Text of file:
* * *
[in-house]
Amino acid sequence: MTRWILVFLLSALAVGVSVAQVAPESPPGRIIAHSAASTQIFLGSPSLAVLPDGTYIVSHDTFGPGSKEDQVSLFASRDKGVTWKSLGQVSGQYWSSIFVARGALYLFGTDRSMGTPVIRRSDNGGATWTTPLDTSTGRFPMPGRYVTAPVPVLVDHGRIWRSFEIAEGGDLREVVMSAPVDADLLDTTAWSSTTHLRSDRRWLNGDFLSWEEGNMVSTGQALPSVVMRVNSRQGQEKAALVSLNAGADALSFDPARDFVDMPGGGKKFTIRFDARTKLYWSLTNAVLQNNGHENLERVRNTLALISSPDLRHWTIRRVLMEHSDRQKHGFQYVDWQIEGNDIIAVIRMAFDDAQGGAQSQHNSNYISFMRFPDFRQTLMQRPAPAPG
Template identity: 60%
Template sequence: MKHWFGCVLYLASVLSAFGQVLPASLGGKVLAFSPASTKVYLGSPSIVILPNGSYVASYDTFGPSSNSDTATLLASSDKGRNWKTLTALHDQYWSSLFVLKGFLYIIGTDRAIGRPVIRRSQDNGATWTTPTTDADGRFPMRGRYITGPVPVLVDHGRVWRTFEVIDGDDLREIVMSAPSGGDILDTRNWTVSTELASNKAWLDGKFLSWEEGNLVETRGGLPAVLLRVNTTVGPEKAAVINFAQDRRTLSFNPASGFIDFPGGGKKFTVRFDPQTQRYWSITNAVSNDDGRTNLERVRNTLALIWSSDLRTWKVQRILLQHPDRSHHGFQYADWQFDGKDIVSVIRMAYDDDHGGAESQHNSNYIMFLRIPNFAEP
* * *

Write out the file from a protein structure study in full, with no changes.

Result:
[in-house]
Amino acid sequence: MTRWILVFLLSALAVGVSVAQVAPESPPGRIIAHSAASTQIFLGSPSLAVLPDGTYIVSHDTFGPGSKEDQVSLFASRDKGVTWKSLGQVSGQYWSSIFVARGALYLFGTDRSMGTPVIRRSDNGGATWTTPLDTSTGRFPMPGRYVTAPVPVLVDHGRIWRSFEIAEGGDLREVVMSAPVDADLLDTTAWSSTTHLRSDRRWLNGDFLSWEEGNMVSTGQALPSVVMRVNSRQGQEKAALVSLNAGADALSFDPARDFVDMPGGGKKFTIRFDARTKLYWSLTNAVLQNNGHENLERVRNTLALISSPDLRHWTIRRVLMEHSDRQKHGFQYVDWQIEGNDIIAVIRMAFDDAQGGAQSQHNSNYISFMRFPDFRQTLMQRPAPAPG
Template identity: 60%
Template sequence: MKHWFGCVLYLASVLSAFGQVLPASLGGKVLAFSPASTKVYLGSPSIVILPNGSYVASYDTFGPSSNSDTATLLASSDKGRNWKTLTALHDQYWSSLFVLKGFLYIIGTDRAIGRPVIRRSQDNGATWTTPTTDADGRFPMRGRYITGPVPVLVDHGRVWRTFEVIDGDDLREIVMSAPSGGDILDTRNWTVSTELASNKAWLDGKFLSWEEGNLVETRGGLPAVLLRVNTTVGPEKAAVINFAQDRRTLSFNPASGFIDFPGGGKKFTVRFDPQTQRYWSITNAVSNDDGRTNLERVRNTLALIWSSDLRTWKVQRILLQHPDRSHHGFQYADWQFDGKDIVSVIRMAYDDDHGGAESQHNSNYIMFLRIPNFAEP